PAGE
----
Binary Labour

Going long on shares in a mirrored box
Got bullies, got smears, got ghosts, got sneers
Got tone-deaf choirs rocking has-been stock

Got champagne flutes, got red jackboots
And pumped up loyalists in romper suits

Got banners, got spanners, got sickles and hammers
Self-righteous manners and parochial planners

Got intolerance to chart with equality of snark
Got capacity to park and incompetence to mark

Got a telling dark inflection in the malice of projection
And perpetual reflection of foul-smelling misdirection

Got a creaky leaky PLP self-sabotaged by sneakery
That hubris did assist and gift so horribly predictably

Got groupies’ faith and blowhard fogeys,
Tin foil hats and lost apostles claimed as bogeys
Corporate shills and established wizards
With machine-made skills serving diehard lizards

Got facile and sage; got clinical and vague
Got statements of the obvious and hopium made.

Got progress rot and momentum BOGOF
Cracked pots self-kettled in a Gordian knot

Got wave and clap and wring your hands
Got loving like a menace and fearing like a lamb

Got reason on a ration, got hysteria for passion
Got rallies for revivals like it’s going out of fashion

Got entitlement to churn and enlightenment to burn
Got impunity for duty, got excuses under scrutiny
Disunity refracting semiotics symbiotically returned.

Maybe the first thing Labour has to figure out is which side gets to keep the name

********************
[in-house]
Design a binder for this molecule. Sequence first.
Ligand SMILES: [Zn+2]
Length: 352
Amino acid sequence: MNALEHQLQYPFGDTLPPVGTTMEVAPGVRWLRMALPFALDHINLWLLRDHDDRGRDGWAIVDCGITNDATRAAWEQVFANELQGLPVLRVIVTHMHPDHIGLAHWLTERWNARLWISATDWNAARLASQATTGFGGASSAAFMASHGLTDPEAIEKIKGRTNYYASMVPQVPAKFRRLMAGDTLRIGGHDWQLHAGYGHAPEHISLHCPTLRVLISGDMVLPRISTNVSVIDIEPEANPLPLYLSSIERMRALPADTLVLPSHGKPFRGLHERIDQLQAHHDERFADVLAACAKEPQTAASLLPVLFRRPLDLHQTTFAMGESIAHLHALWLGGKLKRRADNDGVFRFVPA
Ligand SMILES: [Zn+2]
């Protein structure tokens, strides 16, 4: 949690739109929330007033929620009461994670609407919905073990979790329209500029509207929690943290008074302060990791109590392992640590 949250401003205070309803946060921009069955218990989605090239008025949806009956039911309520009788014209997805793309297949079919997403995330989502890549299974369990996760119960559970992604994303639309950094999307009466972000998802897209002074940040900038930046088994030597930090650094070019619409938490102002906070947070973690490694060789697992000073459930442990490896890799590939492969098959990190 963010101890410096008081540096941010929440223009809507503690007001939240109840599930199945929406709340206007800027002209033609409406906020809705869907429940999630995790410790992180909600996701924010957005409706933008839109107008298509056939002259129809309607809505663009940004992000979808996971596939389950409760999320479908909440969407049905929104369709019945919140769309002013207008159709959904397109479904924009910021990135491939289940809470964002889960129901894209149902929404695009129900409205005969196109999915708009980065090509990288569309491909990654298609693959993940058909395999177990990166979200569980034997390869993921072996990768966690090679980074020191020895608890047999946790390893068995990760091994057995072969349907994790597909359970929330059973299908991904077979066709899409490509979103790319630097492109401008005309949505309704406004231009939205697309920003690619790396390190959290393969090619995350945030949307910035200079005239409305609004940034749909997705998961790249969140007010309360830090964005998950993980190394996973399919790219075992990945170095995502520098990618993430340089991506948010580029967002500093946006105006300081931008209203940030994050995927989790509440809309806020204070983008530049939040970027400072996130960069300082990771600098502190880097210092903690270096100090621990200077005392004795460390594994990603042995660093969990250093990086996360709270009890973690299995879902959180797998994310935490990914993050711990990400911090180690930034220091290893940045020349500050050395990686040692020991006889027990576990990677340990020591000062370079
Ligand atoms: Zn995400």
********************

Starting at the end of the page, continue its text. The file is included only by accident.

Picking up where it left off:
Hope suffered a serious heart attack in May’s General Election. Confronted by another five years of callous and casual incompetence from the Government and an all-too acquiescent Official Opposition, when an unexpected gap offered a real choice, Jeremy Corbyn was seized upon and made a sudden and, I think, somewhat reluctant hero. His purpose, for me, however, was always in the need to shake up the Establishment and dispel the myths of TINA; to provide a platform for overdue challenges to the status quo. It was never about loyalty and love for the Labour Party or Corbyn, himself: he was just the only anti-TINA in his party to put his head on the block. Still, the collective relief was palpable after he won the leadership contest and I cheered the fresh air.

The abundant sycophancy for Corbyn, the man, though, is relief made ridiculous. So, too, is the equally abundant carping and vitriol of his opponents. A lot of people like to imagine that if you support Corbyn’s general narrative then you must be a devotee and that if you say anything anti-Corbyn, you must be a ‘Blairite’ or in another party, altogether. This is the nonsense of media mischief and tribal baggage. As a voter, left-leaning is about as near to a default position as I’ve observed in myself. Before plugging into the Twittersphere I just thought I was a humanitarian who believes in democracy. It is only by participation in public discourse that I have had to wrestle with a landfill of labels that are, simultaneously, convenient shorthands and poisonous straitjackets.

The concerns I’ve expressed about Corbyn’s desire and capacity to lead and his lack of willing support from the most experienced MPs are proving depressingly material. I’m sorry to see this decent man chewed up and spat out by the political establishment and shabby journalism. I’m upset by their deliberate undermining of an alternative narrative that Corbyn is trying to facilitate and I’m impatient with his own seeming inability and reluctance to at least play the game to more beneficial ends. It’s all very well saying he shouldn’t have to but that’s naive. The game is a highly popular and historically engrained fixture that won’t disappear by minority wish but is, at least, faster and smarter changed by an appearing to observe its rules. No, I don’t much like it, either.